So kudos to Pixar on many levels: for taking on a project that portrays death and grief not as something dark and heavy but as light and joyous; for taking on a project that portrays a culture that is, considering the Monster-in-chief and his current administration, very hostile to Latin cultures; and for taking on a project portraying a differing culture at all in a day and age where the accusation of "cultural appropriation" can fly at any moment for the slightest, perceived infraction (there actually was a bump in the road during production when, in 2013 when the original title of the film was "Día de los Muertos," Disney tried to copyright the phrase but was met with a backlash...and I agree that was a step too far and apparently so did Disney as they withdrew the application and said the name of the film would be changing). The makers of this film spent a few years researching the topic, and the culture, making trips to Mexico to visit many actual Día de los Muertos celebraations to get at the true essence of it all. And their take-away was: family. When it is all boiled down, the connection that holds it all together is family. Our ancestors, those who came before, whether related by blood or not. Those who touched our lives and who are not here anymore. So we honor them and continue to love them by placing their photo on the altar and remembering them in a way that would have pleased them: with love.
No spoilers: In a little village somewhere in Mexico, a little boy, Miguel, is born into a family of shoe makers. Music is forbidden in this family and we soon discover why: his great great grandfather left his family to become a singer and musician, one of the most famous in all of Mexican history. For that abandonment, the idea of music itself is punished since it is seen as an evil force that would make a man leave his family forever. But poor Miguel LOVES music, CRAVES music, and wants to PLAY music. This conflict is the crux of our story and what propels Miguel to suddenly, by a strange confluence of occurrences, cross over into the Land of the Dead on the only night such a thing is possible: Día de los Muertos of course. He meets his ancestors but also makes some new friends along the way on his quest to become a musician but also to return to the Land of the Living before he is trapped on the other side forever.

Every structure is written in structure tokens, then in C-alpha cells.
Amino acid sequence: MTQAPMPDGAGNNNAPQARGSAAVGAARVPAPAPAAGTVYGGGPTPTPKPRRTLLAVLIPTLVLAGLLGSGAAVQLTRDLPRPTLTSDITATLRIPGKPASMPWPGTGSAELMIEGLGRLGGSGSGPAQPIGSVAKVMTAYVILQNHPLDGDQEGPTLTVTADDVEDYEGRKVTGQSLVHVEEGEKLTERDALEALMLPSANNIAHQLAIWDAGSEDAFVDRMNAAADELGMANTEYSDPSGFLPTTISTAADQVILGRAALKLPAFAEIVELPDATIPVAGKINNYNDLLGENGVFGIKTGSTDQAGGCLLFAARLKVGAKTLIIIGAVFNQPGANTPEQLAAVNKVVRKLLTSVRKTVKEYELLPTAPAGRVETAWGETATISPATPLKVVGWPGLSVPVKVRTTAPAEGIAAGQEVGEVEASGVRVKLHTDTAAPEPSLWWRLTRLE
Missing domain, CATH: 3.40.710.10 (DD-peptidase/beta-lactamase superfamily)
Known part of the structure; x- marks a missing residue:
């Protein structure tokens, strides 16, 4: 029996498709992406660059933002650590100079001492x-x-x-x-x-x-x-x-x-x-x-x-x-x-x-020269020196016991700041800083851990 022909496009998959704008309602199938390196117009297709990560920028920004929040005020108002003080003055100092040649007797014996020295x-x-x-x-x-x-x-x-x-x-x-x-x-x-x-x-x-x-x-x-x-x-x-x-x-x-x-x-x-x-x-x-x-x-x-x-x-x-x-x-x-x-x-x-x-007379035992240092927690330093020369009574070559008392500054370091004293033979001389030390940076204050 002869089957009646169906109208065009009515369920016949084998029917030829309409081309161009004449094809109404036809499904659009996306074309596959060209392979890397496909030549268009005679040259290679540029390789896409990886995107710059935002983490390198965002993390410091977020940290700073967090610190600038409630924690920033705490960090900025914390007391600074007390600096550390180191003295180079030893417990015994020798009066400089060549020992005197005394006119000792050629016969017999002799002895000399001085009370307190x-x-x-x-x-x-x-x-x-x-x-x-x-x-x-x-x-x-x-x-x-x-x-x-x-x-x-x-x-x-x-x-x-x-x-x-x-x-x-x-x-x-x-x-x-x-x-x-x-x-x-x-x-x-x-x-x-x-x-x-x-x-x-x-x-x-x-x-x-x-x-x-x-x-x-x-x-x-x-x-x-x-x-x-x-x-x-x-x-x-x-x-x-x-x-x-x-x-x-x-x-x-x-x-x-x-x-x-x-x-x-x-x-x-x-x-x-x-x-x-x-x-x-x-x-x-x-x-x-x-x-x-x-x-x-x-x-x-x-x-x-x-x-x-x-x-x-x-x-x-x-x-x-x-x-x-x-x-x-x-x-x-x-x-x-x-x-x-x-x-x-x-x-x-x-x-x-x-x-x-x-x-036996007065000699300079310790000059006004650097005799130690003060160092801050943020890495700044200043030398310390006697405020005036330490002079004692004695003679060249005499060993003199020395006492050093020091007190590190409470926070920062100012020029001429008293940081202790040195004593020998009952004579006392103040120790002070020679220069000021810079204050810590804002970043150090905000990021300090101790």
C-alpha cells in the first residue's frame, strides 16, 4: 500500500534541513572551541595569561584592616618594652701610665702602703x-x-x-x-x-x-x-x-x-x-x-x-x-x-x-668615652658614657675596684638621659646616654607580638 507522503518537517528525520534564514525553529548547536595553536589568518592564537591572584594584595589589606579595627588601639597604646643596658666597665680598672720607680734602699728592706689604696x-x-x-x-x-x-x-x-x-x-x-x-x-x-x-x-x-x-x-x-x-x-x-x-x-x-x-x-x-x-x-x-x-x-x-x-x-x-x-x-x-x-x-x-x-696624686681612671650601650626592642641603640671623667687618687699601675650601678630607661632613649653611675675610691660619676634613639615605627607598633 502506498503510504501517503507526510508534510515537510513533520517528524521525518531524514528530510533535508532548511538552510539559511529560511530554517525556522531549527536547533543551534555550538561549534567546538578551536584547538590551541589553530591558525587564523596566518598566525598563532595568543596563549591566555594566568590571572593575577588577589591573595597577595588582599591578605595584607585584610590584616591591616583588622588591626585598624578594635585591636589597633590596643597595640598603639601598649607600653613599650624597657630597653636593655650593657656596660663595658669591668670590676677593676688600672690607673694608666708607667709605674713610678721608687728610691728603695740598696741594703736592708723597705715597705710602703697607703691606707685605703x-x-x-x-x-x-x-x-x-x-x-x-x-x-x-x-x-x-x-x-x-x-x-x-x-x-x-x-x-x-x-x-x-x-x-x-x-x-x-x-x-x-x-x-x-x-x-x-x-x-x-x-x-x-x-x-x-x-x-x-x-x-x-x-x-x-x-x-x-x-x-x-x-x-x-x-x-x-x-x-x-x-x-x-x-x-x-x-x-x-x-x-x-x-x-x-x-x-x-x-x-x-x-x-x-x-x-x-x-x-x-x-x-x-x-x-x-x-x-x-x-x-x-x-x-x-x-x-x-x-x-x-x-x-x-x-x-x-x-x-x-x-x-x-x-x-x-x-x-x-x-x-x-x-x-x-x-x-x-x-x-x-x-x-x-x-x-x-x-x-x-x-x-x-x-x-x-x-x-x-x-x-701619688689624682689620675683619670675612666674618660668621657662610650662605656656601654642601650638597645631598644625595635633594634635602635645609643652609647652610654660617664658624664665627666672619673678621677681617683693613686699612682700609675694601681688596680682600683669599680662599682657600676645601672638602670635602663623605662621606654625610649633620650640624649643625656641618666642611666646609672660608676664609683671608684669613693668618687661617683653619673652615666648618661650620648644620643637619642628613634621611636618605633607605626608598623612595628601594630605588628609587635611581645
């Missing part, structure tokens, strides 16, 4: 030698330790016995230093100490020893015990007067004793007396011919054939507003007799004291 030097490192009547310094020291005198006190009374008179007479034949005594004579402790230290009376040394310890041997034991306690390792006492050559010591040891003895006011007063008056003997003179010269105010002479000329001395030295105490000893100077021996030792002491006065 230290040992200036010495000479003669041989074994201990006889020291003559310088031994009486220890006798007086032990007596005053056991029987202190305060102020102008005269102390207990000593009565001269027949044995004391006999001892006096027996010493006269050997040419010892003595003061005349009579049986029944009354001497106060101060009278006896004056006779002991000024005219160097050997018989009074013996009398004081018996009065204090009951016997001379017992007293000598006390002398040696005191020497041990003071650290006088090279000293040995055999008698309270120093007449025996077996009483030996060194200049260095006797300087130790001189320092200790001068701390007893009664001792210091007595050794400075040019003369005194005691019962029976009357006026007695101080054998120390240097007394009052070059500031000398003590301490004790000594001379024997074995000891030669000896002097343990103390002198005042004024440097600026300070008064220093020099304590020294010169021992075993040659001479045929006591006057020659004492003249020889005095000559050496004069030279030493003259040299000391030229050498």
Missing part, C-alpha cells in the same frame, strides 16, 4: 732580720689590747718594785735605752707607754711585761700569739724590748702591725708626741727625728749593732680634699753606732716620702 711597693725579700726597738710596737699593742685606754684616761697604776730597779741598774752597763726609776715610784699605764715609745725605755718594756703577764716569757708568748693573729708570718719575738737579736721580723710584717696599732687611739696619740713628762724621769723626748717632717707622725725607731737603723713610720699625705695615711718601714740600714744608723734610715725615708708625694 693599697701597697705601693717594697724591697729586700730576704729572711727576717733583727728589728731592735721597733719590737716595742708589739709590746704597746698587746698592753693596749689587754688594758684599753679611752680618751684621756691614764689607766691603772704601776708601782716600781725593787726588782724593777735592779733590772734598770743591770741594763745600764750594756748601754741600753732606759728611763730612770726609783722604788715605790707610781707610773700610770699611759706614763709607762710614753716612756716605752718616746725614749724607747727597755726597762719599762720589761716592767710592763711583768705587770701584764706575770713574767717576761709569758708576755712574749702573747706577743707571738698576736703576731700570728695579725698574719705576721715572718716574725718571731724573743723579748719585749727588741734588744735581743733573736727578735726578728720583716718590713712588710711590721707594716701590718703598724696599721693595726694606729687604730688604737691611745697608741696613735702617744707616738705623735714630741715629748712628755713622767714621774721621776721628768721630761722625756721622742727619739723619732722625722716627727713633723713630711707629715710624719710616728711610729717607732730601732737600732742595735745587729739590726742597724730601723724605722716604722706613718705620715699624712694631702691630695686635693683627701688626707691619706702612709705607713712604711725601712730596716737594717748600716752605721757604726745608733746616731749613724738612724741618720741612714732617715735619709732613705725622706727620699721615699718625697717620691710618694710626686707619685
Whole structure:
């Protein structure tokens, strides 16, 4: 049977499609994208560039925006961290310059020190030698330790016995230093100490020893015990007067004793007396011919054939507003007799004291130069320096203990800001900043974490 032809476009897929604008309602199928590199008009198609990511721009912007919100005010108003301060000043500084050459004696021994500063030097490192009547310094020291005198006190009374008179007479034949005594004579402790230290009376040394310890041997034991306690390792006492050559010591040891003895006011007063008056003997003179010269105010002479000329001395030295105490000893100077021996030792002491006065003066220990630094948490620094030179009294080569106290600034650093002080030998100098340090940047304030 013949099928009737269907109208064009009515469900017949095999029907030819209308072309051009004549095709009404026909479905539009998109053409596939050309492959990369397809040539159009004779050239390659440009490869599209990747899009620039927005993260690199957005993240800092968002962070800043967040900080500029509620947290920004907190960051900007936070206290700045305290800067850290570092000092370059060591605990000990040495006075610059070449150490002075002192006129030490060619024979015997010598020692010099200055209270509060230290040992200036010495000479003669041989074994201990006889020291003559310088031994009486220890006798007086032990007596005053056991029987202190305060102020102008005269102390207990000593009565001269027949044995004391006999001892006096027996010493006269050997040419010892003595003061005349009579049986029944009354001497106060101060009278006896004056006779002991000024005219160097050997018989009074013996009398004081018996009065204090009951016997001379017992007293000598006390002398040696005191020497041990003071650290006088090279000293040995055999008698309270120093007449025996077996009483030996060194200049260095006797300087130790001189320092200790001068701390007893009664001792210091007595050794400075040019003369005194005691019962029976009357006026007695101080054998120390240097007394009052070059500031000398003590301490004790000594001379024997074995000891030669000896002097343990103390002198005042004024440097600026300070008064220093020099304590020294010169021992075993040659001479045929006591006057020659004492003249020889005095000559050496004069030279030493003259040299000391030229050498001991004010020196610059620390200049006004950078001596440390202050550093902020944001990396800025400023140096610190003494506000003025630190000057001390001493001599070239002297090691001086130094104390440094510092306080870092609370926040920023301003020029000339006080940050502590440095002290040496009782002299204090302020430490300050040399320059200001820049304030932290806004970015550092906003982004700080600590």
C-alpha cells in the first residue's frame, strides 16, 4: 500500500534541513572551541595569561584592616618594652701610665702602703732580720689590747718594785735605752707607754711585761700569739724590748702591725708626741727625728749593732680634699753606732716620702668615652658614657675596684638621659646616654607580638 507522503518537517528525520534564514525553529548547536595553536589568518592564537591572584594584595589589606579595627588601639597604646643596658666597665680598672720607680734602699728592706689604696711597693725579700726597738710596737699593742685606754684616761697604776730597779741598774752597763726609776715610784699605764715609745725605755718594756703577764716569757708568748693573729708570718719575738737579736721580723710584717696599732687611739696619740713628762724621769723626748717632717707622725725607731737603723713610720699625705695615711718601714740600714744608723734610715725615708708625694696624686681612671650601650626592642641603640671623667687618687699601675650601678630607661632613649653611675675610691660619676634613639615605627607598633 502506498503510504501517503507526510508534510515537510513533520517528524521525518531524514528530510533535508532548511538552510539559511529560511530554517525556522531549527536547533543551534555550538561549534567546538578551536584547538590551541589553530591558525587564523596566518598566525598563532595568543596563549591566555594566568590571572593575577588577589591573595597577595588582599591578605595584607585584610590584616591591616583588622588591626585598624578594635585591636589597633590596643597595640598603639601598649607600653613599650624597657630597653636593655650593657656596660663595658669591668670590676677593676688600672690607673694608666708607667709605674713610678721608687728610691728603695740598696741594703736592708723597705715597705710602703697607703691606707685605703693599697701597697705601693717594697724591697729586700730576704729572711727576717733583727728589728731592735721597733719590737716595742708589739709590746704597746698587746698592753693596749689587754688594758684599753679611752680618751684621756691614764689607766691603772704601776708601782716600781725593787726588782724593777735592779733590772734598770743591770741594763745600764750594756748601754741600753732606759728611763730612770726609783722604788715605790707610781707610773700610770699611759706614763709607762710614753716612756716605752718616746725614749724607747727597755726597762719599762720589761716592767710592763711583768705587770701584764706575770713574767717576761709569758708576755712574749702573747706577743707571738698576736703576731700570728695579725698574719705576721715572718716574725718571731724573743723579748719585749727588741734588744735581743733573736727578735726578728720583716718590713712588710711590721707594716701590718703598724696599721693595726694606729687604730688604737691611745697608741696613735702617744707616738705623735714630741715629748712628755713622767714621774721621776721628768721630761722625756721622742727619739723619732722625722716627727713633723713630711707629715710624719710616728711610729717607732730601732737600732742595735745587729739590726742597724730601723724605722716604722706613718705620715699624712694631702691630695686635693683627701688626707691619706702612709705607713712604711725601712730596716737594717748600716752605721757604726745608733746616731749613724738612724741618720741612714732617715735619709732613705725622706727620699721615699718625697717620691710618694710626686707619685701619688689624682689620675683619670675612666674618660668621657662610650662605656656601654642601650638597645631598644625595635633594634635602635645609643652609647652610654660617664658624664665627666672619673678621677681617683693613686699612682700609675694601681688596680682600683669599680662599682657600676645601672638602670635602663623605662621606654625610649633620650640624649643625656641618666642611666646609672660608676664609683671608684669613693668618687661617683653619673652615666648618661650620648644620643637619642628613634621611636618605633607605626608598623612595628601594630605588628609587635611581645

First, I have to say how gorgeous and SUMPTUOUS this film is, a true feast for the eyes. It reminds me so much of the first times I came into contact with Día de los Muertos celebrations, how brightly colored it all is, a riot of color really and the overwhelming orange background for everything that comes from the ever-present marigolds. The ofrendas are exquisitely rendered. Well, in fact, the entire film is rendered beautifully: some of the backgrounds--hillsides, villages--are totally convincing. CG has come a long way in a short period of time, and we are now capable of creating images that duplicate reality. I find it cute however that the characters of such films, including our characters at hand, are still deliberately made to look like cartoons with sweetly exaggerated faces. But the real treat here is the look of the ones who populate the Land of the Dead: they are all designed to look like the kind of decorated and embellished skeletons and skulls seen during Día de los Muertos. Their faces are wonderfully scribed with florals and curlicues and dots.
And since music is such a huge part of the story, we are treated to mariachi music, some new songs in an old style, and some excellent voices including Anthony Gonzalez as our hero Miguel and Allana Ubach as Mama Imelda.
Recommend? Yes, especially if you are unfamiliar with Día de los Muertos and the culture around it!